Lebanon News

U.S. presses leaders to avert presidential power vacuum

President Michel Sleiman, right, speaks with Minister Michel Pharaon, as they arrive to attend a Cabinet session at the Presidential Palace in Baabda, Friday, May 2, 2014. (The Daily Star/Mohammad Azakir)

BEIRUT: Concerned that the presidency seat might become vacant by May 25, the United States is urging rival Lebanese parties to hold the presidential election on time, political sources said Friday.

“U.S. Ambassador David Hale has relayed a clear message to Lebanese leaders on the need for the presidential vote to take place on time in order to avoid a vacuum in the presidency,” a senior political source told The Daily Star.

Amid a flurry of U.S. activity to facilitate the presidential poll, Hale met separately Friday with Speaker Nabih Berri and Prime Minister Tammam Salam to discuss the election.

The U.S. envoy will fly to Saudi Arabia at the weekend for talks with Saudi officials and probably with former Prime Minister Saad Hariri on the election, the source said.

Hale’s moves come as Salam and other Lebanese politicians sounded pessimistic that a new president could be elected on time in the absence of a local, regional and international accord on a compromise candidate. President Michel Sleiman’s six-year term expires on May 25.

Hale’s meetings also coincided with the return of Saudi Ambassador Ali Awad Assiri to Lebanon following a monthslong absence for security reasons. Assiri’s return was seen as a positive reflection of Saudi concern for Lebanon’s stability, including the timely election of a president.

Assiri said Saudi Arabia did not and would not interfere in internal Lebanese affairs and urged the rival Lebanese factions to choose a president without foreign intervention.

“We hope to see an inter-Lebanese consensus reached inside Lebanon so that the next Lebanese president is elected by the Lebanese par excellence,” he told the National News Agency.

Separately, the Cabinet filled vacant posts Friday by appointing new governors for Beirut and other newly established governorates including Hermel and Akkar.

In a Cabinet session at Baabda Palace, ministers agreed to appoint Ziad Shbib as Beirut governor, Bashir Khodr as governor of Baalbek-Hermel, Fouad Fleifel as governor of Mount Lebanon, Ramzi Nahra as governor of north Lebanon, and Imad Labaki as governor of Akkar, Information Minister Ramzi Joreige told reporters after the meeting.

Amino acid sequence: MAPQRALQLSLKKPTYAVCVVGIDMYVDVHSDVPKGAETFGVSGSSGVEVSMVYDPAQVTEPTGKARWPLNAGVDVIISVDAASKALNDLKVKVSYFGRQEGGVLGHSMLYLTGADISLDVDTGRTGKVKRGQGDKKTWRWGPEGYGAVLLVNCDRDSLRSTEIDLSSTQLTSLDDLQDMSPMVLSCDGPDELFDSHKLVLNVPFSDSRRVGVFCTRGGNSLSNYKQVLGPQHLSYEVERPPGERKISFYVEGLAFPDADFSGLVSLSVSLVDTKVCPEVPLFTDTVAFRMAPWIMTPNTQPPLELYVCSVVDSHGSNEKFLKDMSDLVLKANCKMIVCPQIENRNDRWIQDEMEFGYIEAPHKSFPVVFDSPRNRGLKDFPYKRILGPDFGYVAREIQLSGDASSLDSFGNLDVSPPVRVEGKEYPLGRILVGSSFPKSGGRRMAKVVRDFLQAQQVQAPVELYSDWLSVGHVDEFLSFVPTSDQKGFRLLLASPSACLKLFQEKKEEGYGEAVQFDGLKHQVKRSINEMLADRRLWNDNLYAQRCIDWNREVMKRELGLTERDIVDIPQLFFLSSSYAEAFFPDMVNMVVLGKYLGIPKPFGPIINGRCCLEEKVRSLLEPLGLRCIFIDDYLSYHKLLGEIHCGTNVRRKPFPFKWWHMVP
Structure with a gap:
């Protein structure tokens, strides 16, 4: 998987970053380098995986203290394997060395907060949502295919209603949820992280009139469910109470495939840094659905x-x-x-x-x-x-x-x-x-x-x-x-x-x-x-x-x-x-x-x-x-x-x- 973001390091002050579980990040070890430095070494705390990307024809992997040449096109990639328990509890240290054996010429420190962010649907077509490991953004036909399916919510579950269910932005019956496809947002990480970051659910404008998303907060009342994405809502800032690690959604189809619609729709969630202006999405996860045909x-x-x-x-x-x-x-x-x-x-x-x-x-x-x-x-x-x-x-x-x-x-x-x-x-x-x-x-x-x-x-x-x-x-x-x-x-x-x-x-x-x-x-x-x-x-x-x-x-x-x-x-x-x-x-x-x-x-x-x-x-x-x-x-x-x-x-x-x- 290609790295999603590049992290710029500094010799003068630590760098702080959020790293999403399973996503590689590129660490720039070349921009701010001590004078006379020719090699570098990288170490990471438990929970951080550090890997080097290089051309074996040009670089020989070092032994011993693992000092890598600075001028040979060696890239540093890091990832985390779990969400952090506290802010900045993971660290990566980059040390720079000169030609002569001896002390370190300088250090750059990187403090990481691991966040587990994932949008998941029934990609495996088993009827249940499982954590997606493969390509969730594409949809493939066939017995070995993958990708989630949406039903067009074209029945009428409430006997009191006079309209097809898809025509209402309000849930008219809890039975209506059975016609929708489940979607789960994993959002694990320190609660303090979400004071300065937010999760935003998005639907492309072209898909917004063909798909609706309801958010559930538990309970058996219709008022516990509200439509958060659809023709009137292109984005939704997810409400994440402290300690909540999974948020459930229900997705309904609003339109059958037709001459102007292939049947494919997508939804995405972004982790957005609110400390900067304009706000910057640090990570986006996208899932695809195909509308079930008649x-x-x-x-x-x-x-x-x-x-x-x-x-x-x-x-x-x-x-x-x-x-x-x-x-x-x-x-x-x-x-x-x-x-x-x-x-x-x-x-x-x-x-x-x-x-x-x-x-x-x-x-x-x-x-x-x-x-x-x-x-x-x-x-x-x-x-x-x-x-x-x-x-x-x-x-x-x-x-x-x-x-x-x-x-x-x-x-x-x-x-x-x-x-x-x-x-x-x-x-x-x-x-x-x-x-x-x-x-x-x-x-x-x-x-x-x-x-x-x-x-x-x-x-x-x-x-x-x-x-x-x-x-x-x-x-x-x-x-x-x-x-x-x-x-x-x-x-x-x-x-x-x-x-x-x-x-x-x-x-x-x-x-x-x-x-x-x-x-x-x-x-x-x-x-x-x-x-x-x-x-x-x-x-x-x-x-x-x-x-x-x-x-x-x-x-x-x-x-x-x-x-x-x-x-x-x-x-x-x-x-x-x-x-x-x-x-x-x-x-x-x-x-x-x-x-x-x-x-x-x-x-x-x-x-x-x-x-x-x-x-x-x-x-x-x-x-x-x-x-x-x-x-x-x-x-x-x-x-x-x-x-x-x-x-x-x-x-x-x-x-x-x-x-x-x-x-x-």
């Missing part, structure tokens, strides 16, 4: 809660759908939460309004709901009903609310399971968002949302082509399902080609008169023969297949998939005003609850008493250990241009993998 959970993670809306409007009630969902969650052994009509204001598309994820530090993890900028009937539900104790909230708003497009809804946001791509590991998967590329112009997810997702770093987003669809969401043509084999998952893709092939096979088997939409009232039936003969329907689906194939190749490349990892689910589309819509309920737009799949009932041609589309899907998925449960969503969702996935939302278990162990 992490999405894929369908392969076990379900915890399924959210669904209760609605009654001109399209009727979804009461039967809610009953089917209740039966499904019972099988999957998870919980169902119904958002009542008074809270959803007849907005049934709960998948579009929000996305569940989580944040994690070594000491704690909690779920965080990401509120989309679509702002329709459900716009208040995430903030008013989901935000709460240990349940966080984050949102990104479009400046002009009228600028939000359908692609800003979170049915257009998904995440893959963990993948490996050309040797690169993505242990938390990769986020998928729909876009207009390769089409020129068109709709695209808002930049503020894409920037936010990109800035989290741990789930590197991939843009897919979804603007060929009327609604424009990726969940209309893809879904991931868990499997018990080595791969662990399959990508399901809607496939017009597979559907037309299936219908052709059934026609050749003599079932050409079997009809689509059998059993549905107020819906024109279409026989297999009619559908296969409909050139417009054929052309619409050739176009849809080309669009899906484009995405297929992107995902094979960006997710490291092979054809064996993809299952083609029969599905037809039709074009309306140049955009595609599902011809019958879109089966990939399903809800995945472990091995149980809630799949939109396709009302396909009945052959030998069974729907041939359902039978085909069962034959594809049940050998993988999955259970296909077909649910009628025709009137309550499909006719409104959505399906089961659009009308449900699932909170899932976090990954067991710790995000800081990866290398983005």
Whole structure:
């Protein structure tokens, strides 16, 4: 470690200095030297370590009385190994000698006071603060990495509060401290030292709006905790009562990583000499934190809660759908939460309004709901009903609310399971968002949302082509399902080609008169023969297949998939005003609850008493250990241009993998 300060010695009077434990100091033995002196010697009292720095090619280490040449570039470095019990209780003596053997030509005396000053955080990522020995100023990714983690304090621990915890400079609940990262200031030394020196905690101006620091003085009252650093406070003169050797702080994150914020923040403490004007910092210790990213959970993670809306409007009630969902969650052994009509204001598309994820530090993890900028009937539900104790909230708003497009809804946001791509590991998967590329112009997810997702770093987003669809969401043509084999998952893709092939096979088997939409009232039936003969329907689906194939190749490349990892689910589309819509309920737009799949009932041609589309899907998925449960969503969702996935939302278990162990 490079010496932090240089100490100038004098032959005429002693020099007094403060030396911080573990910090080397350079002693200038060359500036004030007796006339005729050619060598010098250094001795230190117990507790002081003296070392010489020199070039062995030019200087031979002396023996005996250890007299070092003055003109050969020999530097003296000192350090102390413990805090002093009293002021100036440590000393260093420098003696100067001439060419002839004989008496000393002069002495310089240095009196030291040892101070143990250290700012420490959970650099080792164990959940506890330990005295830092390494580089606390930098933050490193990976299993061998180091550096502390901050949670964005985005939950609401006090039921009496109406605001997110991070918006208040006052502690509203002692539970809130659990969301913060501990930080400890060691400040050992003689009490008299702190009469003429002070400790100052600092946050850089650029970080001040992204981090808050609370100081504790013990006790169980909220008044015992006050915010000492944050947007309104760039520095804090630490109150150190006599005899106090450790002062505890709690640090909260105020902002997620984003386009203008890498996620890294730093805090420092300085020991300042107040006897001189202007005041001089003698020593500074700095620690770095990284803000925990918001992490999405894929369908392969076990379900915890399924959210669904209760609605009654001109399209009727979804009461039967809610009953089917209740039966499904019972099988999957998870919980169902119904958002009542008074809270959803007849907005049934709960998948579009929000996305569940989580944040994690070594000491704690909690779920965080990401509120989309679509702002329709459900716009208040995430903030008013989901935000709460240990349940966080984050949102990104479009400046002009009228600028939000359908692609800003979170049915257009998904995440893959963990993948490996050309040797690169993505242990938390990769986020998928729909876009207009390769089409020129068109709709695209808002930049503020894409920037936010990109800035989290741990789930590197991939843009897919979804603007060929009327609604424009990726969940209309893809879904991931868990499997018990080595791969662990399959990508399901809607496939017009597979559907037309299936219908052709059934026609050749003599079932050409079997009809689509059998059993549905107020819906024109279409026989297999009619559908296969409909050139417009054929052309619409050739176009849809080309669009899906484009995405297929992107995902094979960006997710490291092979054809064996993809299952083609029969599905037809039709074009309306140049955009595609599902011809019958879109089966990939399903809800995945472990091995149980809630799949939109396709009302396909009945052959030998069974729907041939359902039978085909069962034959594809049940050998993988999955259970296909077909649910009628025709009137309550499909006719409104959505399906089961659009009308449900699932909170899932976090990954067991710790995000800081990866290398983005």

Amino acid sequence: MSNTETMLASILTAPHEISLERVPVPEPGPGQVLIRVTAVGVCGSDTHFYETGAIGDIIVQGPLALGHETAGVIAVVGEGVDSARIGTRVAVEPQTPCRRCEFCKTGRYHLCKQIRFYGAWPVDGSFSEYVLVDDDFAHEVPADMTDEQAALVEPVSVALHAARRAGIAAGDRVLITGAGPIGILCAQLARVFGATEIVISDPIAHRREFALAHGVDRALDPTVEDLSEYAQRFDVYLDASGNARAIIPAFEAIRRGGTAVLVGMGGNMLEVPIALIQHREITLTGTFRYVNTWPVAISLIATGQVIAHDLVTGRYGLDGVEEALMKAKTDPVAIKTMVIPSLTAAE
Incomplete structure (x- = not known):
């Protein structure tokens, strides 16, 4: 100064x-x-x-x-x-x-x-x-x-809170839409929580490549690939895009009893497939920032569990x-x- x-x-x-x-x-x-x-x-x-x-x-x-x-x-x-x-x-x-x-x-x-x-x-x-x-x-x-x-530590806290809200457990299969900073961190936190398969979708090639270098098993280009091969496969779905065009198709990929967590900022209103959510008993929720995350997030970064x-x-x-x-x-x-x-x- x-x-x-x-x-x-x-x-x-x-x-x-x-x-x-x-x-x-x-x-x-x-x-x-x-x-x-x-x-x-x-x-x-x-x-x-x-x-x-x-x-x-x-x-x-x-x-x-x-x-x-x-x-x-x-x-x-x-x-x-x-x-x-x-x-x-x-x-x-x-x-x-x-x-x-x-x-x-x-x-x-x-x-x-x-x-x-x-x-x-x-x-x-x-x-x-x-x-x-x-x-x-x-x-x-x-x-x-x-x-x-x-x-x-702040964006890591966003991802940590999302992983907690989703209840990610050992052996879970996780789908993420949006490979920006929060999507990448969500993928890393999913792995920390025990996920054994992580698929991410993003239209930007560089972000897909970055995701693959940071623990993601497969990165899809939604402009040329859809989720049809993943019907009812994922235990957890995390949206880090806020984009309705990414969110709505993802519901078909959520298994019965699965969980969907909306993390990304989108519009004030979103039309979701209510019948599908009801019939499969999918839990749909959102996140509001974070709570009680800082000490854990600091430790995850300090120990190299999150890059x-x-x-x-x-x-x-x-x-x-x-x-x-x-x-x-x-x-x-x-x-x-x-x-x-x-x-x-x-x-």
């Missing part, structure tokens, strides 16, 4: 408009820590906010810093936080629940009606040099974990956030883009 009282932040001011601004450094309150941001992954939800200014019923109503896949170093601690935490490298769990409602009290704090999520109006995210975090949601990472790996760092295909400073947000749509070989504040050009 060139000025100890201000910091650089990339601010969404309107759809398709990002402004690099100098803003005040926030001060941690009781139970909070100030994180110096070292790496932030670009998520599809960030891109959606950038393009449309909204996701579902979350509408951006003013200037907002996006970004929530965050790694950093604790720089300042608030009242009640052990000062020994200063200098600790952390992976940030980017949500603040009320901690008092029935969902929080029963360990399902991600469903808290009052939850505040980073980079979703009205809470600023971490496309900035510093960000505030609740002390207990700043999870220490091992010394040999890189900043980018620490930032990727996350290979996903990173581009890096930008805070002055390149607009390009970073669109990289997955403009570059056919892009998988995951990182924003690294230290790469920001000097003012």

The Cabinet accepted the resignation of acting Beirut Governor Nassif Qaloush, weeks after a former employee accused him of sexual harassment.

The Cabinet also recruited 2,500 Internal Security Forces members and 500 General Security personnel, and allocated $24 million to open a road to the remote village of Tfail in east Lebanon.

Hale stressed that the presidential election was the responsibility of the Lebanese, saying that there was no role for Washington and other external powers in the vote.

“Many ask about the role of the international community, including the United States, in this election,” Hale told reporters after meeting Berri in Ain al-Tineh.

“It is very simple: Our role is to assist the Lebanese to protect this process, so that a Lebanese president is elected by the Lebanese, according to the Constitution, and on time.”

“We have no role in picking or choosing a candidate, nor should any other foreign power. It is only the right and the responsibility of the Lebanese,” he added.

Hale stressed that both the presidential election and parliamentary elections this fall are “entirely Lebanese processes.”

“The Lebanese must choose their leaders. And those leaders will have serious work ahead of them,” he said.

“Lebanon is facing a variety of economic, security and social issues. If they are to be properly addressed, all three arms of the government should be functioning.”

“The international community, and certainly the U.S., need representative Lebanese partners if we are to help this country.”

Meanwhile, Sleiman called for the election of a new president at next week’s Parliament session.

“I hope a new president will be elected at the next session even if this requires holding successive sessions because this is the real democratic practice,” Sleiman said, addressing the Cabinet meeting.

In another statement, Sleiman renewed his warning against a power vacuum. He also rejected foreign intervention in the presidential vote.

“The election should be held on time and a vacuum should be avoided,” Sleiman told a delegation of Lebanese ambassadors.

Berri has adjourned Wednesday’s session to elect a president until May 7 after not enough lawmakers showed up to secure a two-thirds quorum of the legislature’s 128 members required to begin the session.

While Salam said the election of a president would lead to progress in Lebanon, he added that “if [we] fail to elect a new president, Lebanon will face a new crisis.”

A version of this article appeared in the print edition of The Daily Star on May 03, 2014, on page 1.




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